Hall County, Texas
Hall County, located in the southeastern Panhandle east of the High Plains, is bordered on the west by Briscoe County, on the south by Motley and Cottle counties, on the east by Childress County, and on the north by Donley and Collingsworth counties. Memphis, the county seat, is on U.S. Highway 287 about ninety miles southeast of Amarillo.
Cities, Towns & Communities
Hall County was formed in 1876 by the Texas legislature from land formerly assigned to Bexar and Young Counties. With the Comanches removed from the scene, buffalo hunters moved across the plains, and between 1877 and 1882 the buffalo in Hall County were exterminated. The Rath Trail, which ran from Fort Griffin to Adobe Walls, Texas, and then to Dodge City, Kansas, extended through Hall County and was used by buffalo hunters until they left the area, after which it led ranchers and their cattle in. A number of major ranching operations moved into the area during the late 1870s and the 1880s. In 1876 Charles Goodnight and John Adair established the huge JA Ranch, which was headquartered in Armstrong County and spilled over into several surrounding counties, including Hall. The western part of the county, north of the Red River, was considered to be a part of the main JA Ranch into the early twentieth century. In 1878 Leigh R. Dyer established the Lazy F Ranch in eastern Briscoe and western Hall counties. Read Hall County History from the Handbook of Texas Online >>
Hall County History 1922. The first Panhandle railroad, the Fort Worth & Denver City, completed in 1888, crossed the northeast corner of Hall County and inaugurated an era of town building and agricultural development in a section which had for a dozen years been pre-eminently the home of the stockman. At the census of 1880, Hall County had a population of only 36. By 1890 the inhabitants numbered 703, and in spite of the hard conditions which prevailed here, as elsewhere, during the '90s, the population by 1900 was 1.670. Since the beginning of the present century, Hall County has become well settled, and in 1910 the census enumerated 8,279 people residing within its boundaries ; in 1920, 11,137, showing 34.5 per cent increase. The county seat is Memphis, one of the flourishing towns of the Panhandle, with a population in 1910 of 1,936; in 1920, 2,855. Two other railroads towns are Newlin and Estelline, while several other postoffices and store centers are found in the back districts of the county. Continue Reading Hall County History Written in 1922 >>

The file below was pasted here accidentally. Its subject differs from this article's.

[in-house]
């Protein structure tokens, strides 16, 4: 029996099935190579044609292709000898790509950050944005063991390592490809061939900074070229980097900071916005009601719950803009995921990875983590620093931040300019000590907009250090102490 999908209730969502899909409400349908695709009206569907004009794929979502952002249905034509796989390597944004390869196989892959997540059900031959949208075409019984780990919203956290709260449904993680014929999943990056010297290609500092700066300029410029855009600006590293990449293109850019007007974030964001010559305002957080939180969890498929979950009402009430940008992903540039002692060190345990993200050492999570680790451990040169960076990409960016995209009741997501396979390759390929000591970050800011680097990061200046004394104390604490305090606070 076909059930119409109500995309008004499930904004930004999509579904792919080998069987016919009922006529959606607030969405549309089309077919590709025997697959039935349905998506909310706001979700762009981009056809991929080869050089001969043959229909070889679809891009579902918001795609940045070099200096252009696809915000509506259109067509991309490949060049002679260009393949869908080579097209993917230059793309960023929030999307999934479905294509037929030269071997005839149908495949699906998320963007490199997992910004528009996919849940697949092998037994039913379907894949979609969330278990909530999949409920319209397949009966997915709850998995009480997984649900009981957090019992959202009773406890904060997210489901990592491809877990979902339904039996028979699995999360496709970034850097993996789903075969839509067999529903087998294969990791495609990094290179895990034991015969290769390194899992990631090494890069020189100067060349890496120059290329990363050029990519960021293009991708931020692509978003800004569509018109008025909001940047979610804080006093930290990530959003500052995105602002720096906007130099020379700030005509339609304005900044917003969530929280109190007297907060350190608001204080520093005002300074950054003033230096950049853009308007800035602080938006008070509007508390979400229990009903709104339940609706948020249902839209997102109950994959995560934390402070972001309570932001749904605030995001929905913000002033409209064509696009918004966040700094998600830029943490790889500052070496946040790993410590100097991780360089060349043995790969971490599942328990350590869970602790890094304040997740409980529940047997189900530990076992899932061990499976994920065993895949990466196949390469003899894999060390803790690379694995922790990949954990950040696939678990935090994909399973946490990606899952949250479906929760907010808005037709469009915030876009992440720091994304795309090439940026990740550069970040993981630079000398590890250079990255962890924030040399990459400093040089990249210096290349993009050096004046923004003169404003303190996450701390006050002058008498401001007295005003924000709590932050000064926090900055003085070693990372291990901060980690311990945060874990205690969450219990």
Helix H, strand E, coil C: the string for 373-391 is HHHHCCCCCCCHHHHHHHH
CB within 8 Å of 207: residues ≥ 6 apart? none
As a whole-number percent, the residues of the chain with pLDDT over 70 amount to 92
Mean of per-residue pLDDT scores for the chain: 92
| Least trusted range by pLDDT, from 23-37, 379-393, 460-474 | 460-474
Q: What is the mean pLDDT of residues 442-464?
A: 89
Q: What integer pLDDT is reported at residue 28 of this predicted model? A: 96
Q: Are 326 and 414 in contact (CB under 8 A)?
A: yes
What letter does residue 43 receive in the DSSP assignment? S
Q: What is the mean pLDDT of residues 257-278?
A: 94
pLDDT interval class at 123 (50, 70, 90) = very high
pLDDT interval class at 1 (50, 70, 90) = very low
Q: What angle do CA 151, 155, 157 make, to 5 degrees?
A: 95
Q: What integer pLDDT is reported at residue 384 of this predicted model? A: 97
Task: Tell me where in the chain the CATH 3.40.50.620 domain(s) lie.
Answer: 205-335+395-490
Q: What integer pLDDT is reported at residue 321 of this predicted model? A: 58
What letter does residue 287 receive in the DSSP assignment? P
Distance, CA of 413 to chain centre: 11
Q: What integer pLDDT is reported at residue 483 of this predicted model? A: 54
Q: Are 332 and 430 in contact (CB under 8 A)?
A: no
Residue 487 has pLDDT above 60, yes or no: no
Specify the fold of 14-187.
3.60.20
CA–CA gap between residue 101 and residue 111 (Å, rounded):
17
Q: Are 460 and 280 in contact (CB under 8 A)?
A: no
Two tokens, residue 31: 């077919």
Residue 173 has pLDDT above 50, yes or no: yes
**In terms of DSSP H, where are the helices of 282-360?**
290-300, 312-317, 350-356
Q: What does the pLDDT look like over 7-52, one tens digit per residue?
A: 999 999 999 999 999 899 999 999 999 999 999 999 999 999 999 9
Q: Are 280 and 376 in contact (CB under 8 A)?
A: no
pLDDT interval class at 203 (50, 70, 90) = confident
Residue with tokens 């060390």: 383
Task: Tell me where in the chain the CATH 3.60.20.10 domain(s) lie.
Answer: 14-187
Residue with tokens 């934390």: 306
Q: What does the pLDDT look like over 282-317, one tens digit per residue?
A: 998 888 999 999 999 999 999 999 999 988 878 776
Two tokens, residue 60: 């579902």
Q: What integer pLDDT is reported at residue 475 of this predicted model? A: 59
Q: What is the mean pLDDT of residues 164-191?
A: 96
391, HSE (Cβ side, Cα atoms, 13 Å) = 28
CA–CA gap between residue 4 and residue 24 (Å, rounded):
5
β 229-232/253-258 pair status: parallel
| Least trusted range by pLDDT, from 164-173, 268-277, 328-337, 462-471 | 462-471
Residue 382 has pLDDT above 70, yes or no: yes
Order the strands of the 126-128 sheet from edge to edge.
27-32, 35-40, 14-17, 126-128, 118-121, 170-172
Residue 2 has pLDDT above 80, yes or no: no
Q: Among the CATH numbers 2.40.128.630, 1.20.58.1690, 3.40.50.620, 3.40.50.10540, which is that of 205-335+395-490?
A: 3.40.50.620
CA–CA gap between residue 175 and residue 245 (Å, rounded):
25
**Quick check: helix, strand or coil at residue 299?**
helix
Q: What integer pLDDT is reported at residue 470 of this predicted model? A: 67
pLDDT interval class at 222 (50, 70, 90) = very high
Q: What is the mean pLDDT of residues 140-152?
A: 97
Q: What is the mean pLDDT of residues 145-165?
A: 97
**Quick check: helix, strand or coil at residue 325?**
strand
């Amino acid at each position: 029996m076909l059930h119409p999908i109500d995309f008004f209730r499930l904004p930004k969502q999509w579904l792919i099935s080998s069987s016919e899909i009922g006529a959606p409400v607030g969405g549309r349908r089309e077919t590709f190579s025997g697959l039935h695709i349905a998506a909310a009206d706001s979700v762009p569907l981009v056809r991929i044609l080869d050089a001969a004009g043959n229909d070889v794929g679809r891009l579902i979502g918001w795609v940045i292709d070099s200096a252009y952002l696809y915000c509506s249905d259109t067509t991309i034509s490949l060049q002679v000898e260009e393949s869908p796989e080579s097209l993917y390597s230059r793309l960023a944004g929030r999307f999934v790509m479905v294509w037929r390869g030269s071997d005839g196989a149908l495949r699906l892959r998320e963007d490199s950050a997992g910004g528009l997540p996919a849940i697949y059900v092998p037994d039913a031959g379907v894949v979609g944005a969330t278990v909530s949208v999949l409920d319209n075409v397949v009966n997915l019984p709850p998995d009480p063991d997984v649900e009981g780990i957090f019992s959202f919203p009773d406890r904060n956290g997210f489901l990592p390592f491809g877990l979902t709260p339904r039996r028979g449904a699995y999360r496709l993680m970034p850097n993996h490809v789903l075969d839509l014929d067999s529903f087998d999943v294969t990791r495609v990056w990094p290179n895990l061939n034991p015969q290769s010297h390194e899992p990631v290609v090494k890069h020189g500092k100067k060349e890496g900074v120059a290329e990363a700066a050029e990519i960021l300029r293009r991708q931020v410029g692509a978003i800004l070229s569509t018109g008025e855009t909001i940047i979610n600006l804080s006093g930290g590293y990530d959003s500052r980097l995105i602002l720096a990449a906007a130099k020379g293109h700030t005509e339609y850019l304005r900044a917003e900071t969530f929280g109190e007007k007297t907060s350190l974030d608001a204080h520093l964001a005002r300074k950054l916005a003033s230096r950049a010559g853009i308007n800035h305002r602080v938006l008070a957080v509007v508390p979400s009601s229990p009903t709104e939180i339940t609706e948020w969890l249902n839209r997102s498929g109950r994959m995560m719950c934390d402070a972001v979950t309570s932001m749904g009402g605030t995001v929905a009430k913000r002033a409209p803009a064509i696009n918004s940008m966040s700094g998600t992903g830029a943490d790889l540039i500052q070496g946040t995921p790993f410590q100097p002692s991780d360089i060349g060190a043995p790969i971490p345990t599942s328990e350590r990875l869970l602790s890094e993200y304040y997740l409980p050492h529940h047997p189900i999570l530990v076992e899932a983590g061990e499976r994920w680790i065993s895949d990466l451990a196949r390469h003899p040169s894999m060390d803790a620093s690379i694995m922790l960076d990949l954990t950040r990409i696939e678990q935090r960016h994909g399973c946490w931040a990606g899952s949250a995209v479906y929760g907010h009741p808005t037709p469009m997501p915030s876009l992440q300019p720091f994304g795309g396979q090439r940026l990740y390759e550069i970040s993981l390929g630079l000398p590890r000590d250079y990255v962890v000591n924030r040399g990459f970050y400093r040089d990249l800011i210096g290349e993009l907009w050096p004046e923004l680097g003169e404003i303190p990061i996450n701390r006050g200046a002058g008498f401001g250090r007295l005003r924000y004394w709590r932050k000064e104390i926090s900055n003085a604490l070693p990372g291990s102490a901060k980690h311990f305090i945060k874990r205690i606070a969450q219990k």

Inez Baker, Yesterday in Hall County, 1940 by Inez Baker
Virginia Browder, Hall County Heritage Trails, 1890–1980, 2 volumes by Virginia Browder.